The Collector: Letter Perfect
A handwritten letter that Dwight Eisenhower wrote to his wife, Mamie, on February 15, 1943. Eisenhower, who was then commander in chief of the European theater of operations and supreme commander of the Allied forces in North Africa, penned the letter four days after the War Department promoted him to full general.
In the letter, Eisenhower describes the difficulties of his post, writing, “I appreciate the confidence of my superiors—and feel damn humble in the face of it, but I do not feel that my major job is finished. I’ve just begun and though the prospect is, in some phases, appalling, I can do my duty only if I steel myself to the requirements and meet them to the best of my ability. When you remember me in your prayers, that’s the special thing I want—always to do my duty to the extreme limit of my ability.”
Kenneth Rendell is a dealer in historic documents who keeps a gallery in Manhattan and an office in Natick, Mass. Rendell, who was born the year that Eisenhower wrote the letter, began dealing in coins at age 16 and later switched to documents. He has since handled items associated with each of the 42 past presidents (including the White House papers of Richard Nixon) and with countless other luminaries.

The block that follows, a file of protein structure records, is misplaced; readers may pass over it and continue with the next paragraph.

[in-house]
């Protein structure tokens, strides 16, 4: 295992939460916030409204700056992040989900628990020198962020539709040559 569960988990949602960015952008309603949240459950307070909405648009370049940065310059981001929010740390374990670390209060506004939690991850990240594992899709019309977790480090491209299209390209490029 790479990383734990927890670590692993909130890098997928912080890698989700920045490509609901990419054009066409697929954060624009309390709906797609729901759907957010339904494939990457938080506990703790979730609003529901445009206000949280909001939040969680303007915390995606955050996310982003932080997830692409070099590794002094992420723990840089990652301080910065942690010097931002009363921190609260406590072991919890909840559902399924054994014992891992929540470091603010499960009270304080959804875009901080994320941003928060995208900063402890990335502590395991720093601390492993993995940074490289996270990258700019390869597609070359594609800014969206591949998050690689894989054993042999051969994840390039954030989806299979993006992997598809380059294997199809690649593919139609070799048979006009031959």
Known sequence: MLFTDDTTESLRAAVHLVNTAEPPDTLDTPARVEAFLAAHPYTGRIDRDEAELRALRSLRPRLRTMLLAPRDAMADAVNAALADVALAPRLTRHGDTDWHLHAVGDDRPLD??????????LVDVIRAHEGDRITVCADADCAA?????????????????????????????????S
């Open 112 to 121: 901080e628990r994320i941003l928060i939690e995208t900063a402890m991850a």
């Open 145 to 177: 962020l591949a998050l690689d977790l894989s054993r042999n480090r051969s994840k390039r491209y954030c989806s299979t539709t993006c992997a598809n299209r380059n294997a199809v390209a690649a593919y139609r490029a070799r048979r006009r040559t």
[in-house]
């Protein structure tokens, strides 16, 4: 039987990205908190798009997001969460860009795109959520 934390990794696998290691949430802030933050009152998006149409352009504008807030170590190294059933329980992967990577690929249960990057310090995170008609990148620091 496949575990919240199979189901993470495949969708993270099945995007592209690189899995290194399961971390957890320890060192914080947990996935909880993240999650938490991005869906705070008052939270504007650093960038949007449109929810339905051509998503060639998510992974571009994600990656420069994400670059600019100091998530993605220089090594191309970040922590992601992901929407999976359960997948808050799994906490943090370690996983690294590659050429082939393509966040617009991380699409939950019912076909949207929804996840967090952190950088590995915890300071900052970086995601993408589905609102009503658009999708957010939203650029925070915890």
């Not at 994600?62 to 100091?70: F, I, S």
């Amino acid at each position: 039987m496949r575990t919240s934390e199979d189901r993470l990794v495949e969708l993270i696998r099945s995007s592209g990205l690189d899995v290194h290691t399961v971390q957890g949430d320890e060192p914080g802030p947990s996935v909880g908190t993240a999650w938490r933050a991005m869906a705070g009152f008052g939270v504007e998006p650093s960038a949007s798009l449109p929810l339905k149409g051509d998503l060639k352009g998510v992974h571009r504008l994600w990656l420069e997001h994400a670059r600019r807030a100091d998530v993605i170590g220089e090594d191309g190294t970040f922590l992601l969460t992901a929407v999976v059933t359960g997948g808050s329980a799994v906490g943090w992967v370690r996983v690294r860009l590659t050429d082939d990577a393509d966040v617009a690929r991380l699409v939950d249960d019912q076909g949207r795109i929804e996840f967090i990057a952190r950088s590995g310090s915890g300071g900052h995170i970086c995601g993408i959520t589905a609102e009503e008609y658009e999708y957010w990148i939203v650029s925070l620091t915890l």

Rendell requested and received this and four other Eisenhower letters in the early 1990s from John Eisenhower in lieu of a commission for selling more than 200 letters that John’s father had sent his mother. Mamie had stored the letters in a shoe box in a closet at her Gettysburg, Pa., home.
Rendell says that Eisenhower’s handwriting reveals his emotions: His letterforms are unusually small and tight in the February 1943 document. “He didn’t write the letter for Mamie to read it. It’s what someone writes to get off their chest, not for someone else to read,” says Rendell. “That is an incredible letter. I never saw anyone write a letter like that. It’s so human.”
Rendell displays a facsimile of the Eisenhower letter (he keeps the original in a vault) at the Museum of World War II, a 10,000-square-foot private museum that he established near Boston six years ago. Among its 6,000 items are the helmet that George Patton wore during his European campaign; a set of D-Day plans; Hitler’s telephone directory, open to the numbers for Goebbels, Göring, and the Berlin Gestapo; and a 1942 Sherman tank. “I was never sure where [the collection] was going,” Rendell says, “and I’m still not sure where it’s going.” However, Rendell is certain of the museum’s purpose: to commemorate the millions of people who lived through World War II as well as those who did not. “It is absolutely not about the glory of war,” he says, “and it’s not about heroes as they are normally thought of.”